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A Filipino Attempt at Constitution-Making

THE only constitution ever framed by Filipinos is what is
known as the Malolos Constitution, taking its name
from the then capital of the Filipino Revolutionary
Government. This constitution, to be understood, should be
viewed in relation to its background : centuries of Spanish rule
over the Philippines, insurrections first against the authority of
Spain and " her bad government", and later against the as-
sumption of sovereignty by the United States, and the gradu-
ally increasing sense of nationality which, nourished in the
blood of martyrdom, grew into a common and an ardent desire
for independence.

Although the revolt of 1872 against Spain failed almost at
once, it was revived on a larger scale in 1896 and was only
temporarily checked by the Pact of Biac-na-bato, between the
Spanish authorities and General Emilio Aguinaldo, the com-
mander-in-chief of the Filipino forces. A recrudescence of the
outbreak, with various causes, the principal of which was a
misunderstanding of American aims, began in 1898, and was
brought to a conclusion by the dispersal of the Filipino forces
and the capture of General Aguinaldo, followed by the Amnesty
Proclamation of the President of the United States, July 4,
1902, granting full and complete pardon to all persons for
political offenses committed in the islands.

A Filipino government was first established in the form of a
dictatorship by Aguinaldo's proclamation of May 24, 1898.
The government, according to this proclamation, was " to be
administered by decrees promulgated upon my responsibility
solely," until the islands shall be " completely conquered and
able to form a constitutional convention and to elect a presi-
dent and a cabinet in whose favor I will duly resign the author-



ity." ' One month later, the Dictatorial Government gave way
to the Revolutionary Government, with Aguinaldo as president.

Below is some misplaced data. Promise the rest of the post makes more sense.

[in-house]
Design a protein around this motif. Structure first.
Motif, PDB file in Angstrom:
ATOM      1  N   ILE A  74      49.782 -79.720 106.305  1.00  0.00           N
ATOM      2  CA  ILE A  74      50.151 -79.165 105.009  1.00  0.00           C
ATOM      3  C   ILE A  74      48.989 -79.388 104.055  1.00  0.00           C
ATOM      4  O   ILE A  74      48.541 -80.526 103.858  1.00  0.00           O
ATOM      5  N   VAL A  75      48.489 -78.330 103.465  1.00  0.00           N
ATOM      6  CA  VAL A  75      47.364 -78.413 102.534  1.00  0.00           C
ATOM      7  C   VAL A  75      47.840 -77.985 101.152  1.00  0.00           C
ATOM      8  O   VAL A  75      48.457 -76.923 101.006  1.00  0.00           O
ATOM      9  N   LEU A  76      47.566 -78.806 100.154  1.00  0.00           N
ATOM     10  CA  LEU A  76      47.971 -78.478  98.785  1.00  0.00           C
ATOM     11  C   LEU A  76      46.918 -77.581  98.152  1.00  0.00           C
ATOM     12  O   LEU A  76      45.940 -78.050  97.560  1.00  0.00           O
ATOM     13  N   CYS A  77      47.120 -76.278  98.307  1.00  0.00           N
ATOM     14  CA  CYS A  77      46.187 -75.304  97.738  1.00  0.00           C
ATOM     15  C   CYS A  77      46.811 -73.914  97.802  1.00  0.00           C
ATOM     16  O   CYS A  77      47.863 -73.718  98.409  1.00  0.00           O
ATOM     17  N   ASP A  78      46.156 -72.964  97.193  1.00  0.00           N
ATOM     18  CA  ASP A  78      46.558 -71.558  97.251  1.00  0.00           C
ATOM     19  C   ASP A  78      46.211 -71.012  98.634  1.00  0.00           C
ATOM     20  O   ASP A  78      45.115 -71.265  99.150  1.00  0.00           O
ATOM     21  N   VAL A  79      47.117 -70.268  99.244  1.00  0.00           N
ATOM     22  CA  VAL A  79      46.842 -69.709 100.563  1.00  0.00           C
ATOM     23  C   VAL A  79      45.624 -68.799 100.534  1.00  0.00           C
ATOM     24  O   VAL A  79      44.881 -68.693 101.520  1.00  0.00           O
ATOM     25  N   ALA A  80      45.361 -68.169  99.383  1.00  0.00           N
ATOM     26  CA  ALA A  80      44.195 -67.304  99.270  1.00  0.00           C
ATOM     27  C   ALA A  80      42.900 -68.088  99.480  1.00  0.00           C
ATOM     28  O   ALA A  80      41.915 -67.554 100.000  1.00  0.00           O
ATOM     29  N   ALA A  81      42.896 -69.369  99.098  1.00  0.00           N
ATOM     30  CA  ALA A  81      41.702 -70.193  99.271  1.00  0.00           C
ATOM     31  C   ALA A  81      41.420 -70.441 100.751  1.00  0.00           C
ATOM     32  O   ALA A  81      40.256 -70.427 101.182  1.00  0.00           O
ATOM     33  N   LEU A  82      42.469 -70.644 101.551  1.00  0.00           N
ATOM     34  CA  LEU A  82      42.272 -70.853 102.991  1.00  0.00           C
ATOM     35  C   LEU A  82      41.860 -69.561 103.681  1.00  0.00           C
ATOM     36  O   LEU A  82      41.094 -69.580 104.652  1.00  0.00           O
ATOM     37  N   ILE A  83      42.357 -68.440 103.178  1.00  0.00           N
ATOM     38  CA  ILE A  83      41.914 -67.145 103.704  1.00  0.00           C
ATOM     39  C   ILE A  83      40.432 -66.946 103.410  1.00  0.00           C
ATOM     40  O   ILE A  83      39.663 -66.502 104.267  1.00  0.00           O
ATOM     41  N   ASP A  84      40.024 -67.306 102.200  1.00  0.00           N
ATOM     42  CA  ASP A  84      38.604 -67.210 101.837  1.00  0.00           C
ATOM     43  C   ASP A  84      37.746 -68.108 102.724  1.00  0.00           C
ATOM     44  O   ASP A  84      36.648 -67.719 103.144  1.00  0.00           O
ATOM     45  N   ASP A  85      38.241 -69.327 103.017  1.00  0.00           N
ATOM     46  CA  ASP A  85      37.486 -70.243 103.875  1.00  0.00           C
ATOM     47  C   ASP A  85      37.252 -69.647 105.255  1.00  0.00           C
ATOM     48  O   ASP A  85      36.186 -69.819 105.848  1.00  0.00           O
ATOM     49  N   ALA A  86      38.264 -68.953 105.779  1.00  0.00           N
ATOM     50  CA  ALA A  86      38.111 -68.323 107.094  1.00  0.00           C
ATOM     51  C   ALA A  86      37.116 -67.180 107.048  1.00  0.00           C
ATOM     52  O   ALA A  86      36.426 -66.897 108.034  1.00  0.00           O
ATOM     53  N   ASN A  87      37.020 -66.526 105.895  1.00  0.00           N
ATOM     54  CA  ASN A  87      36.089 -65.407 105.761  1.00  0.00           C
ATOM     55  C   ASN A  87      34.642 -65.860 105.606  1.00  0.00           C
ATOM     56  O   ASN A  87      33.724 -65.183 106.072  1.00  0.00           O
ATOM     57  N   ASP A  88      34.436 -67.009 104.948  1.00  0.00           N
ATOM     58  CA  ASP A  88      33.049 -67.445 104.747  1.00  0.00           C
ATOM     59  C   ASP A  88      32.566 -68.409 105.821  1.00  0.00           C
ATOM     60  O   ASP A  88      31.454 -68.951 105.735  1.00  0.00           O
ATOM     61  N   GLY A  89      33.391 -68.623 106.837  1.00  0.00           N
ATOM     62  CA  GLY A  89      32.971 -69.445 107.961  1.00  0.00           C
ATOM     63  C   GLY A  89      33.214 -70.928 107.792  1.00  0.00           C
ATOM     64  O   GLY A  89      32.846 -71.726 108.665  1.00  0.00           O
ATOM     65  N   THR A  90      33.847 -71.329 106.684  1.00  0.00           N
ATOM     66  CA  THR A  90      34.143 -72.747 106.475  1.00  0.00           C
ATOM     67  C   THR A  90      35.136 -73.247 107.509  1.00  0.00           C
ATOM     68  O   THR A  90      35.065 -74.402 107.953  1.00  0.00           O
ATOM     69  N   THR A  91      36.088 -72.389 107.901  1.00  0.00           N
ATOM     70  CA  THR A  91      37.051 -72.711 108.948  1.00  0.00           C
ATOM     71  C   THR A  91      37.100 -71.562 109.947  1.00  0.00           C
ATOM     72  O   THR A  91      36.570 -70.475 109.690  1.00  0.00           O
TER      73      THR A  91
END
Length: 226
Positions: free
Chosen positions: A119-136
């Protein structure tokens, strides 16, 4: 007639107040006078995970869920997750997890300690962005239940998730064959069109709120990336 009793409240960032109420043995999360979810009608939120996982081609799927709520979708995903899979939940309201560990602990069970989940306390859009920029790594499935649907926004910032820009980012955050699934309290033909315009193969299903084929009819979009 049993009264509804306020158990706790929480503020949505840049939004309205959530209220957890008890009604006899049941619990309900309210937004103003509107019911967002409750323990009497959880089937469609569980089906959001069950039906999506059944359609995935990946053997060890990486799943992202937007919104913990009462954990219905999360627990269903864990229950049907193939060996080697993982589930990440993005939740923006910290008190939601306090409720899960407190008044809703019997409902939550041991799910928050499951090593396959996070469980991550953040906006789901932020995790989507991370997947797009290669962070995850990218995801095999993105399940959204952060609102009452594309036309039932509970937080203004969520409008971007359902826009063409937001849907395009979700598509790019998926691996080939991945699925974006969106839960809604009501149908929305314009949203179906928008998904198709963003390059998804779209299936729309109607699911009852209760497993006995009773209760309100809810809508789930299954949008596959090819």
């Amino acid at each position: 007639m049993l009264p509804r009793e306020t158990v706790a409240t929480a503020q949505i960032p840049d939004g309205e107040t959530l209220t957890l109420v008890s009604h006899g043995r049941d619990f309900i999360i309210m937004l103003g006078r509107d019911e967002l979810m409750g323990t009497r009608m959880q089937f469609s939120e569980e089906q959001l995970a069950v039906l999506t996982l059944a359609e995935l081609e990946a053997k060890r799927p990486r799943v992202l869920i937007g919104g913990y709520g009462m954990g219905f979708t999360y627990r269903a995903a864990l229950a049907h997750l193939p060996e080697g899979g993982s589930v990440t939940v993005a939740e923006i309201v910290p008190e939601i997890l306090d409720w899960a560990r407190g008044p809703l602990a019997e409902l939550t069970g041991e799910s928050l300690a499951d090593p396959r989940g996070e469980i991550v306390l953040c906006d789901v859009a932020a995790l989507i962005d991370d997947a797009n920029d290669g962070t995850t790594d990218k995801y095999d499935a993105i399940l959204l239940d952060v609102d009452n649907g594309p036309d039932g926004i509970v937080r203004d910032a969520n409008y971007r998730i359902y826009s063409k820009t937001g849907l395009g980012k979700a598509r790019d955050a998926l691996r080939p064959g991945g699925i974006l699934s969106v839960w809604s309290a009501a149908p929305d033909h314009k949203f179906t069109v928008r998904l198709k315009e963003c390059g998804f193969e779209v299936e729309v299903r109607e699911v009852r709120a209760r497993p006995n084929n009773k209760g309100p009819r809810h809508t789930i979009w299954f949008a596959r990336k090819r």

The objects of the Revolutionary Government, according to the
proclamation providing for its temporary constitution, were " to
struggle for the independence of the Philippines, until all
nations, including Spain, shall expressly recognize it, and to
prepare the country for the establishment of a real Republic. 2

During the entire period, 1 897-1901, Emilio Aguinaldo was
successively the commander general, the dictator, the president
of the Revolutionary Government, and the president of the
Philippine Republic. He was assisted by cabinets, in which
served eminent Filipinos such as Apolinario Mabini, Pedro A.
Paterno, and Felipe Buencamino. Foreign delegates were ap-
pointed, of whom Felipe Agoncillo was the most active. Two
groups arose in the government : one, the Radicals or " Irrecon-
cilables" the war party which believed in independence at any
cost, and the other, the Conservatives or " Paci.fi.cos" who
wanted peace, with independence if possible, but if not, the
best government which peaceful means could obtain from the
Spanish or American regimes. From the standpoint of inter-
national law, the Filipino government was of the class known
as a de facto governments

Possibly the most important manifestation of governmental
capacity — at least it is of most interest in this connection — was
the record of the revolutionary congress. In conformity with
the organic decree of June 23, 1898, made effective by decrees
of September 4 and 10 of the same year, the congress con-
vened in the church of Barasoain near Malolos, Bulacan, on
September 15, 1898. Eighty-five deputies, some elected and
some appointed, responded to the summons. 4 The legal pro-